Known for his sculptures in St Mary of the Angels, paintings in the Fukuoka Art Museum and on the Berlin Subway, artist Teguh Ostenrik shares how he found Christ while sketching for the Pieta.

Even before Teguh Ostenrik was baptised, he was already creating Christian artwork for churches. He is best known in Singapore for his uplifting sculpture of Christ floating with triumphantly outstretched arms above the congregation at Church of St Mary of the Angels in Bukit Batok (SMOTA).

For the celebrated artist, this was his first expression of Christ in his art and it became a catalyst for his search of the divine. Following this, he was commissioned to sculpt the 14 Stations of the Cross. He recounted that while he was making sketches for the Pieta (the 13th Station) at 4 a.m., his tears started falling inexplicably. Yet, Teguh was still not quite ready to become a believer.

Sculptures around the Church of St Mary of the Angels, crafted by Teguh

One day he was sitting with his wife in his garden in south Jakarta. She mentioned out of the blue that she wanted to become a Catholic. He felt like he had been slapped in the face. As it turned out, thoughts about becoming a Catholic had been chiseling away at his conscience, which he had kept hidden from everyone. He knew there and then that he had to be baptised; he became a Catholic on Easter 2011.

“I am now a tool of the Holy Spirit.”

Since baptism, Teguh continues to experience a profound change in his approach to art. Before becoming a believer, he felt “funny” and was puffed up with pride whenever he visited SMOTA and saw the faithful praying before his sculptures around the Parish.

After finding Christ, a similar scene today elicits a different response. In a certain sense, he feels like he has “returned home”. Now, when he works, he shares that his hands are “guided by a spiritual force”. In a certain way, he has learnt how to surrender to the Lord. He says, “I am now a tool of the Holy Spirit.”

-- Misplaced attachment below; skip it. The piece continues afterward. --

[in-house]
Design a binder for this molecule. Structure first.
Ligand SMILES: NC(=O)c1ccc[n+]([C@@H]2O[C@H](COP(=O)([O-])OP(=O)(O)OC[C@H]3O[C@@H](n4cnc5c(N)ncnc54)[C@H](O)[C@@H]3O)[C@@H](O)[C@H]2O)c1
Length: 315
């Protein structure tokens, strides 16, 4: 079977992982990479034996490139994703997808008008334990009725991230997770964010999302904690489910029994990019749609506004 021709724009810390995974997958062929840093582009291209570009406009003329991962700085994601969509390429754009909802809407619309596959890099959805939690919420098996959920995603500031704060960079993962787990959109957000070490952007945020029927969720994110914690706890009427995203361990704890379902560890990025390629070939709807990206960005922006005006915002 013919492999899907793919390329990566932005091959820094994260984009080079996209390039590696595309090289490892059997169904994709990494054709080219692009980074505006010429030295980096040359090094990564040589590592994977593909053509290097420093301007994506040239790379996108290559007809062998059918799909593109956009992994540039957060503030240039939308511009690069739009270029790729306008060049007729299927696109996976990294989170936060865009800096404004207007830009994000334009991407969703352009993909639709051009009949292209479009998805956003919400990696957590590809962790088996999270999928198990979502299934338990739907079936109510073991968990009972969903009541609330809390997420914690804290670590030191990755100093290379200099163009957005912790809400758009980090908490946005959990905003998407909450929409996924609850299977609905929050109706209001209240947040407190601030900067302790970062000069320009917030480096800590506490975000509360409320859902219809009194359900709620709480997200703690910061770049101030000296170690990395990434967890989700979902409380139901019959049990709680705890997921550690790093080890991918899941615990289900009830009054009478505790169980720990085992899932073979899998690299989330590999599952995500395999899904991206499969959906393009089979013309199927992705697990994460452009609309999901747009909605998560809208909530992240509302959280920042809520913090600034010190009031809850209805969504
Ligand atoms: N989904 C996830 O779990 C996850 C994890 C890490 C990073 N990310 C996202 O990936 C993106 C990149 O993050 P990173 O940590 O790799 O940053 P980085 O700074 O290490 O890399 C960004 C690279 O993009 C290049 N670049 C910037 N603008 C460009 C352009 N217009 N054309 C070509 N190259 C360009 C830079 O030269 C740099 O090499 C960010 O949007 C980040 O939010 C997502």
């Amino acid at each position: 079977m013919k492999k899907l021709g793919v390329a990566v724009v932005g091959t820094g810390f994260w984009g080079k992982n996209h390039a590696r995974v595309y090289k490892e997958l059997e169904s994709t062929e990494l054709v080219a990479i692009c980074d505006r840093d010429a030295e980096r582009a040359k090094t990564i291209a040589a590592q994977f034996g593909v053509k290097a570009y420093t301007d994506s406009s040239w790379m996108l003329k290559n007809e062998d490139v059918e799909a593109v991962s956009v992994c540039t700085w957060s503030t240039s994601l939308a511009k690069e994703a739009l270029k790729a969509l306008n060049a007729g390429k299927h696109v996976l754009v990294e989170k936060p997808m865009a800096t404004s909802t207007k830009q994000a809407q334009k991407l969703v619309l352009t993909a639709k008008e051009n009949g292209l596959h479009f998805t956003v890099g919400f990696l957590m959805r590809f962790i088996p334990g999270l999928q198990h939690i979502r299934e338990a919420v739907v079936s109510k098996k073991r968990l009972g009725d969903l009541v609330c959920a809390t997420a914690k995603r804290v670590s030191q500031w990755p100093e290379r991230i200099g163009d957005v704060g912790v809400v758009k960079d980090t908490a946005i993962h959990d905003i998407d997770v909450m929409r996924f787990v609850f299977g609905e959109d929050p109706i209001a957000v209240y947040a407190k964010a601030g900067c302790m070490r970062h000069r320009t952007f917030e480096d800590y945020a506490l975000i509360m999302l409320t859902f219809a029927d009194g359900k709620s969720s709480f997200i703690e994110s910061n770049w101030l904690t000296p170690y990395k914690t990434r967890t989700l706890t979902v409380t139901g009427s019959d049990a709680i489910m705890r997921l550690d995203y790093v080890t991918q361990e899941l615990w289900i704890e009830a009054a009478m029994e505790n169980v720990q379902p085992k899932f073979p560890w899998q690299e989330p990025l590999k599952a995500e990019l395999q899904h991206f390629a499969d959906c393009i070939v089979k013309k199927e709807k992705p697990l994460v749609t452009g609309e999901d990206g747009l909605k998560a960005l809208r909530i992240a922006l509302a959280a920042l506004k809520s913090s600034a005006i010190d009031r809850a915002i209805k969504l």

As a painter and sculptor, doing good works becomes literal for him. He has cast foot-long stainless steel crucifixes for a church fundraiser. Moving up the scale, he has completed a five-metre Corpus Christi sculpture for a Catholic church in Cilangkap, Jakarta.

A Corpus Christi sculpture at 5.3m high is made completely from scrap metal. This sculpture is a commissioned work for St John Maria Vianney Church in Cilangkap, Jakarta. Photo:

This latter project was crafted from scrap metal. The use of discarded material alludes to Christ’s humble origins. It is also an indirect reflection of how today’s society generates excessive waste, echoing Pope Francis’ call to be mindful of ecological destruction and environmental preservation.

Teguh is also known for the ongoing ARTifical Reef project in Lombok, Indonesia which he started in 2014. This involves submerging a metal sculpture electrified with low voltage into the sea. As minerals are deposited onto the sculpture, an artificial reef is created over time. Through art, with science and engineering, Mother Nature is restored. Here, Teguh uses his sculpture in a practical way, heeding Pope Francis’ call to heal the Earth.

An underwater installation of “Domus Musculi” which means House of Mussels, as a remembrance of what Teluk Jakarta has been famous for: its mussels, which nowadays are no longer exist due to heavy pollution. Photo:

By Benjamin Szeto

Top photo: Committee members with Teguh Ostenrik (fourth from left) at the opening of the Angelico Art Award Exhibition. 

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